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Protein Flexibility and Stiffness Enable Efficient Enzymatic Catalysis

Richard, John P.
Journal of the American Chemical Society 2019 v.141 no.8 pp. 3320-3331
catalysts, catalytic activity, energy, models, phosphates, triose-phosphate isomerase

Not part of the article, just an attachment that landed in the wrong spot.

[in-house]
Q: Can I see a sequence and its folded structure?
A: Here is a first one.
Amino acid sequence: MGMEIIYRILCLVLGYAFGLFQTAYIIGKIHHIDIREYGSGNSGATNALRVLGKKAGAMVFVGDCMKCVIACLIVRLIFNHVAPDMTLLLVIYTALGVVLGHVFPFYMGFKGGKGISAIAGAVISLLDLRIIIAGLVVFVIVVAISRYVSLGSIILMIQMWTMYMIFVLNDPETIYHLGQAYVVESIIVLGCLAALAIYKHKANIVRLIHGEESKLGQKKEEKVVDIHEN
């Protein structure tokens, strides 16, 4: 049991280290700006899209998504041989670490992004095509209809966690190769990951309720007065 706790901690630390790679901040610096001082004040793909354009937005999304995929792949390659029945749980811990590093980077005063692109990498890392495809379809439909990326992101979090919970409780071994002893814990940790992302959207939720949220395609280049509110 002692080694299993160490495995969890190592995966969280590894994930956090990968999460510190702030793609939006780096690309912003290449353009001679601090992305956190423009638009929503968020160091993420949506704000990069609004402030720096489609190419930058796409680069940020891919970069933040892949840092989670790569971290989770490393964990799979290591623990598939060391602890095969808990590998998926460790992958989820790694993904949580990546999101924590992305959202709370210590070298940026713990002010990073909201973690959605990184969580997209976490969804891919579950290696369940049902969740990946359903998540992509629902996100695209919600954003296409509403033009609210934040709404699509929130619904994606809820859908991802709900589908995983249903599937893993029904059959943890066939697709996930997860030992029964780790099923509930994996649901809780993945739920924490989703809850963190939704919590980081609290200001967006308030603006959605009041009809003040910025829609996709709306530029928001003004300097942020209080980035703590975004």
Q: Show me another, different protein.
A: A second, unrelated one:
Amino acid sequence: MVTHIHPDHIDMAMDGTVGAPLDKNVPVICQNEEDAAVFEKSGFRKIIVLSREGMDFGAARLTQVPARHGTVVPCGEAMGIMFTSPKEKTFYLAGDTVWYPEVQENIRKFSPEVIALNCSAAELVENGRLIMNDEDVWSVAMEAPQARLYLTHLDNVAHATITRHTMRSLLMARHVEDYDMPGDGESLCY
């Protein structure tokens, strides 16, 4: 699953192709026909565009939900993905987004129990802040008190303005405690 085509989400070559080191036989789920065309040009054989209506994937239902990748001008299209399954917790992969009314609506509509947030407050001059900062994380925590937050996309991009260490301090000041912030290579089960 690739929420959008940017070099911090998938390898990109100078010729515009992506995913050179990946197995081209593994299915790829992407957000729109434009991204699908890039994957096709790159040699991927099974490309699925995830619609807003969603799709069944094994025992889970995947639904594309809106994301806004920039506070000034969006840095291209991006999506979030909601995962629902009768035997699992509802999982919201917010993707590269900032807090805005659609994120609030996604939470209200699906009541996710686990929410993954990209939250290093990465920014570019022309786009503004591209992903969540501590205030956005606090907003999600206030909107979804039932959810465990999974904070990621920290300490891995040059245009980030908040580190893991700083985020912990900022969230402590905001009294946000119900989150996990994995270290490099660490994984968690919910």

The enormous rate accelerations observed for many enzyme catalysts are due to strong stabilizing interactions between the protein and reaction transition state. The defining property of these catalysts is their specificity for binding the transition state with a much higher affinity than substrate. Experimental results are presented which show that the phosphodianion-binding energy of phosphate monoester substrates is used to drive conversion of their protein catalysts from flexible and entropically rich ground states to stiff and catalytically active Michaelis complexes. These results are generalized to other enzyme-catalyzed reactions. The existence of many enzymes in flexible, entropically rich, and inactive ground states provides a mechanism for utilization of ligand-binding energy to mold these catalysts into stiff and active forms. This reduces the substrate-binding energy expressed at the Michaelis complex, while enabling the full and specific expression of large transition-state binding energies. Evidence is presented that the complexity of enzyme conformational changes increases with increases in the enzymatic rate acceleration. The requirement that a large fraction of the total substrate-binding energy be utilized to drive conformational changes of floppy enzymes is proposed to favor the selection and evolution of protein folds with multiple flexible unstructured loops, such as the TIM-barrel fold. The effect of protein motions on the kinetic parameters for enzymes that undergo ligand-driven conformational changes is considered. The results of computational studies to model the complex ligand-driven conformational change in catalysis by triosephosphate isomerase are presented.